Ethan Ruzzano has encountered three myths regarding what is supposed to be important. In rejecting them, he discovered the biggest value of all.
There are three things we are told that are important in our process growing up as men. They aren’t things that our dads teach us or that we learn through school or mentors. They are ingrained within us through moments; one by one, slow but persistent.
The myths come to us at different stages in life. Over time, we learn to judge ourselves and our value by wrong and often impossible measurements. It starts when we’re young.
The myth of strength
We learn the first myth on the playground. We learn it as we’re chosen last in gym class. We learn it as we watch the big kids bully the small ones. By the time we’re through primary school, we’ve fully absorbed the first myth: that our worth depends on our physical prowess.
The myth of magnetism
The second myth appears as our bodies begin to change. We wake up one day and realize that our friends who are girls look different somehow. And that we want, or need, their attention. We need it and we start doing crazy things to get it. We begin to worry about how well liked we are, how many women we can attract, how many we can score with. In this stage of life, we learn that our worth depends on our sexual prowess.
The myth of wealth
The last myth comes as our bodies begin to fade. But we’re assured that it’s ok because the last myth doesn’t rely on the body. The last one is about power. As we finish our education and enter the new and exciting world of earnings and industry we learn that we don’t need a great body to attract others anymore; we need a great portfolio. We learn that our worth depends on the size of our wallet — our financial prowess.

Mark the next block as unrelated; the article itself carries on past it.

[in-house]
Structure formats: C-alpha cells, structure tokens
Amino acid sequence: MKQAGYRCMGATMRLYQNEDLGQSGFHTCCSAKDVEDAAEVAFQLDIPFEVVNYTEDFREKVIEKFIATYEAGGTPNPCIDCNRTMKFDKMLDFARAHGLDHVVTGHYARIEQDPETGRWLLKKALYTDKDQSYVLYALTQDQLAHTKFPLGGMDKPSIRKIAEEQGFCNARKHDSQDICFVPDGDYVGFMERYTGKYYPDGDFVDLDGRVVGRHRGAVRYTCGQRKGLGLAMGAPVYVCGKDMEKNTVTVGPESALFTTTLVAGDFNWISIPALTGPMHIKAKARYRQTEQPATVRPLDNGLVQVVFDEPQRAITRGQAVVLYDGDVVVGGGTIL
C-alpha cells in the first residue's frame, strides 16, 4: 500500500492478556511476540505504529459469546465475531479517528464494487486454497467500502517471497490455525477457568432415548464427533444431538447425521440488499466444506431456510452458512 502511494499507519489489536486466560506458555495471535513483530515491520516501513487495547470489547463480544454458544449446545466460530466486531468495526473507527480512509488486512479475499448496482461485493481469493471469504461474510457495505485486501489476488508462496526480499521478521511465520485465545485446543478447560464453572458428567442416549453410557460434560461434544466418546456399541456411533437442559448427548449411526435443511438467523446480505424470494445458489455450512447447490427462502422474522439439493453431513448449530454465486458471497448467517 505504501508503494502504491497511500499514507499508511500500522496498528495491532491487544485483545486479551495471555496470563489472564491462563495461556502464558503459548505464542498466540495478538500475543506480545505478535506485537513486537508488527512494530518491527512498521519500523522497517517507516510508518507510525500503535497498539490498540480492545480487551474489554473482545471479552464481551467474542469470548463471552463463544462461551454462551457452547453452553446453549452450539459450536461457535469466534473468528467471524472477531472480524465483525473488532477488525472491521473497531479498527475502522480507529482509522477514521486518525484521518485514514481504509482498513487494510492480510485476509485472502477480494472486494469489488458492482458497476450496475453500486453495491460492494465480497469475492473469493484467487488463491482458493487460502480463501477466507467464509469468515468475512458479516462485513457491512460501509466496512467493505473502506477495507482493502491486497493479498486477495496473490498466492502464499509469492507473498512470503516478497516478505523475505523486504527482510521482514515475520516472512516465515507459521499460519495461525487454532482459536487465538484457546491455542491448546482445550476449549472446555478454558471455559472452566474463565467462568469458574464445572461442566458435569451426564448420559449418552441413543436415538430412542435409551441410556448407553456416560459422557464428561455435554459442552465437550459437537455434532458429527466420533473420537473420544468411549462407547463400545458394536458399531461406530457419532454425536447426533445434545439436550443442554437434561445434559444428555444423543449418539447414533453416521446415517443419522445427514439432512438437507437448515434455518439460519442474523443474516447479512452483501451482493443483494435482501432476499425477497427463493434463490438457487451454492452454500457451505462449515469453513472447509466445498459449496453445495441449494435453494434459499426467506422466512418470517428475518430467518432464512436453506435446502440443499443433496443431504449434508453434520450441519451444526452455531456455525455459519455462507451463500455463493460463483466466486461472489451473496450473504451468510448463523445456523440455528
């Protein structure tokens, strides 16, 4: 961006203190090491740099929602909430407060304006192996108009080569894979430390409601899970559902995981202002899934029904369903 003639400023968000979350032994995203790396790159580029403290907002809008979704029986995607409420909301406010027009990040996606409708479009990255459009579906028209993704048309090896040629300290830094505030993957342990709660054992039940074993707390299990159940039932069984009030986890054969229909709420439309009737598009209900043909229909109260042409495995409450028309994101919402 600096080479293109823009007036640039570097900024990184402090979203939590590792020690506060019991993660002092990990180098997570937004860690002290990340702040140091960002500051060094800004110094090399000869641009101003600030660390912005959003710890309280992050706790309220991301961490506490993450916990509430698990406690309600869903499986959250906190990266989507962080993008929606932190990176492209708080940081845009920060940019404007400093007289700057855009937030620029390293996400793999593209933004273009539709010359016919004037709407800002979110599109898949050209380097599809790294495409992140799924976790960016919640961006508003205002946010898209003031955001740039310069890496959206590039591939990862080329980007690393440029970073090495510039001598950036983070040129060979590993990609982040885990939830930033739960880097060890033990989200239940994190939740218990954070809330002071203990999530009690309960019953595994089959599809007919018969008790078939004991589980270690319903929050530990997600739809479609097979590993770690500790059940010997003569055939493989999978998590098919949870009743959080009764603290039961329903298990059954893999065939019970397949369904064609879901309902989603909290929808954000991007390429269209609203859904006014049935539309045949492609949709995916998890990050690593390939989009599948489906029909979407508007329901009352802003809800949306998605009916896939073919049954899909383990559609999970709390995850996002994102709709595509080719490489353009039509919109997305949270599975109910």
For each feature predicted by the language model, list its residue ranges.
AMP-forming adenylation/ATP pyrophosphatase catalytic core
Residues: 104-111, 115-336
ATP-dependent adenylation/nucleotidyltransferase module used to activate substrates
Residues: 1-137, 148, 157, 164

Though their influence is substantial, our awareness of the myths can be minimal. Many people simply accept them as a part of who they are. Others are at least somewhat aware of their negative impact but have not confronted them through a conscious effort. I believe that if people come to understand them when they’re young, they’ll be better equipped to avoid their influence as they mature.
So this is what I’ll teach my kids about manhood. That a man is not his ability to win on the soccer field or date the prom queen. That a man is not less of a man if he chooses to pursue a passion that doesn’t live up to a particular financial standard. The worth of a man is not something that can be easily seen by others or something that garners praise.
Simply put, a worthwhile man is a man who does things that are worthwhile.
A man of worth can show kindness and give friendship to those who need it; can bring a spark of joy and a bit of laughter to tough situations; and can refrain from making judgments of his peers. A man of worth is humble in his accomplishments; generous with his time; and makes a conscious choice to do the right thing when no one is watching.
As men, we spend our lives believing that we don’t measure up because we are conditioned to use the wrong measuring stick. I teach my kids to think of manhood differently.
That may be the most worthwhile thing of all.
Photo: Flickr/Ted Craig
This post originally appeared on The Dad Dynamic, a community for modern dads.